Treatment for depression should start with your doctor. Psychiatrists and psychologists can also help treat depression and anxiety. Treatment might include medication, therapy or both.
Depression affects how you feel about yourself. You may lose interest in work, hobbies or even things that you would normally enjoy most. You may lack energy, have difficulty sleeping or sleep more. Some people feel anxious or irritable and find it difficult to concentrate.
Start with your doctor
If you think you may be depressed, your doctor is the best place to start. Your doctor can do a medical assessment and check that there are no other conditions that may be responsible for your symptoms. Your doctor can also check for more serious forms of depression that may need prompt specialist help.
You can discuss options for treatment. Your doctor might prescribe medication or refer you to a different health professional for therapy. It is important for you to discuss treatment and any concerns or questions you have with your doctor to make sure you are comfortable with the path they suggest. It is a good idea to book an extended consultation to give you time to discuss your symptoms and treatment options.
You may be referred to a psychiatrist
Some doctors refer patients to a psychiatrist, who is a specialist in mental health. Psychiatrists can provide therapy as well as medication if necessary, and can often spend more time with you than your general practitioner (GP).
However, it can sometimes be difficult to get an appointment with a psychiatrist and you may need to wait some time before you can be seen. Whether this is okay for you will depend on the severity of your depression. If you feel that you need to see someone sooner, let your doctor know and work with them to find a solution.
Psychologists can also help
An option that is often overlooked is to see a psychologist. One of the benefits is that they are able to spend more time with you than a doctor and are specially trained to treat depression by using therapy (they cannot prescribe medication). The therapist can work with your doctor to treat the depression effectively. You can also access a psychologist through Medicare. This involves your doctor writing a mental health plan – ask them for more details.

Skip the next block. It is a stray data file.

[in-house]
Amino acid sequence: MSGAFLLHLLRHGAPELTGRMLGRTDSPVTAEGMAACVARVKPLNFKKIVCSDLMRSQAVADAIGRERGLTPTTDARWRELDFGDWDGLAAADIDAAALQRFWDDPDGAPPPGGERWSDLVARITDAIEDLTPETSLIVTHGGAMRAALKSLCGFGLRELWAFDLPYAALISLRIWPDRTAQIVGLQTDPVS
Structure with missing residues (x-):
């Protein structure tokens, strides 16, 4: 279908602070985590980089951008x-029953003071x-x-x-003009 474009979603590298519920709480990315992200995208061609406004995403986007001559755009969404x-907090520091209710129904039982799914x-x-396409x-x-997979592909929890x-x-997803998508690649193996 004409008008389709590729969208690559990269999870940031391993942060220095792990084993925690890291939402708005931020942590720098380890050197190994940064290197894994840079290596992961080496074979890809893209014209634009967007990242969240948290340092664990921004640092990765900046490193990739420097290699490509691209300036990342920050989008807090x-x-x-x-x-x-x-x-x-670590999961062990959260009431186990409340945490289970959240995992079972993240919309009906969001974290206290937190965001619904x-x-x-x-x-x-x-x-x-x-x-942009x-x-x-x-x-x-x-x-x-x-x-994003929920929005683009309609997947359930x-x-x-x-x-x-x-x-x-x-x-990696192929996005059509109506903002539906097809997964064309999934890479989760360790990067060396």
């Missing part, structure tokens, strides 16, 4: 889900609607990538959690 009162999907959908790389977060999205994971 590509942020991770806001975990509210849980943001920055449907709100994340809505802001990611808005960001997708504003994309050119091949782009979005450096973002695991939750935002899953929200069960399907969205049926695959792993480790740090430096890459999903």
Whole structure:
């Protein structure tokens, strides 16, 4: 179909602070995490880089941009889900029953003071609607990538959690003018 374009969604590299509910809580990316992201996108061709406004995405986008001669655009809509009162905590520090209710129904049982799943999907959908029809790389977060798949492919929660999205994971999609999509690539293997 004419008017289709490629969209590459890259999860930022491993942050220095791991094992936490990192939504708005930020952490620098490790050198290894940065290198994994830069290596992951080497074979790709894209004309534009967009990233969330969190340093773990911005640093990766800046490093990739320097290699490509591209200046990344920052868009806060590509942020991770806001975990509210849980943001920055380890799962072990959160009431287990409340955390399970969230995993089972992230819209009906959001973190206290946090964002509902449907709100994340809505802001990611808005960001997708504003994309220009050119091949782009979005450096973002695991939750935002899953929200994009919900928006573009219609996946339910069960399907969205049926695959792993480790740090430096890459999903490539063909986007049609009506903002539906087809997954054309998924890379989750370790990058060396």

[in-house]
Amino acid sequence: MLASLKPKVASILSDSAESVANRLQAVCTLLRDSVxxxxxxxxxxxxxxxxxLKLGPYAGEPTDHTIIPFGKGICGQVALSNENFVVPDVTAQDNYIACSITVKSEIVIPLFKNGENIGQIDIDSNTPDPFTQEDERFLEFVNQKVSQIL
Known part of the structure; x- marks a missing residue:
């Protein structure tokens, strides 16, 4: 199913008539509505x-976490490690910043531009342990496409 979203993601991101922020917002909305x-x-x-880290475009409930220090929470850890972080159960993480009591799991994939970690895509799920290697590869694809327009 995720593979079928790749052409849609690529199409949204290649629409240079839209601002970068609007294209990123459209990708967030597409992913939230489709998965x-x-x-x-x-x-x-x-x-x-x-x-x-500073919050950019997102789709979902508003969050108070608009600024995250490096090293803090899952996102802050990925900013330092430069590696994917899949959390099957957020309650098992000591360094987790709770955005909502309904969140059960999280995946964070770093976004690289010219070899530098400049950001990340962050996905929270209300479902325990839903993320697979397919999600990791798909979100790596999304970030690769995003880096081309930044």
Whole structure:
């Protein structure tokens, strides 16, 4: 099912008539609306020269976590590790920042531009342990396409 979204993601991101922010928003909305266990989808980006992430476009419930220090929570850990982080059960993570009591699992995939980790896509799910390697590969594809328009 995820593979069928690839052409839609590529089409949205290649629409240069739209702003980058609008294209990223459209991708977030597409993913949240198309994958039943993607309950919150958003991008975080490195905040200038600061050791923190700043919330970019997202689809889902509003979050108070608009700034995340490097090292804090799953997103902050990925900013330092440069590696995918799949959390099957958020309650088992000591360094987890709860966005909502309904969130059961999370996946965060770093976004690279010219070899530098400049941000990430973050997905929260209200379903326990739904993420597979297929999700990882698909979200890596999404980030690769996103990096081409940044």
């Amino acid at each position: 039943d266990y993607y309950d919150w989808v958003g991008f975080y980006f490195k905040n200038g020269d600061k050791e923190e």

Try your local community health centre
Another option is your local community health centre. Your local council will have contact details. Most major hospitals also have a psychiatric department with staff available for assessments. If it is an emergency, call your local mental health crisis number for advice.
Medication takes time to be effective
If your treatment involves antidepressant medication, it will usually take two to six weeks for the medication to begin to become effective. Antidepressants are generally safe and not addictive. It is important that you persist with your medication, even if it doesn’t seem to be making a difference at first.
Discuss any side effects of the medication or issues you may have with your doctor or therapist. Remember, everyone is different and many people need to try a number of medications and treatment approaches before they find one that suits them. Don’t give up – keep talking to your doctor about finding medication that works for you.
When you take medication, avoid alcohol as it can increase any sedative effects of the medication. Also, some people drink alcohol to help their symptoms without realising that excessive use may increase their depression.
Where to get help
- beyondblue Info Line Tel. 1300 22 4636
- Your doctor
- Your local community health centre
- Lifeline Tel. 13 11 14
- Kids Helpline Tel. 1800 55 1800
- SuicideLine Victoria Tel. 1300 651 251 – for counselling, crisis intervention, information and referral (24 hours, 7 days)
- Find a GP near you who specialises in mental health conditions through the beyondblue website or by Telephoning 1300 22 4636
- SANE Mental Health Information Line Tel. 1800 18 7263, Monday to Friday, 9am to 5pm
- Mental Health Foundation.
Things to remember
- If you feel depressed, see your doctor for an assessment.
- Your doctor, a psychiatrist or a psychologist may be able to help – take the time to find the treatment that’s right for you.
- Medications may take up to six weeks to be effective, so be patient.
You might also be interested in:
- Depression - coping and recovering.
- Depression - different types.
- Depression - seasonal affective disorder.
- Depression - teenagers.
- Depression and ageing.
- Depression in men.
- Stress affects us in many ways.
Want to know more?
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Fact sheet currently being reviewed.
Last reviewed: March 2012
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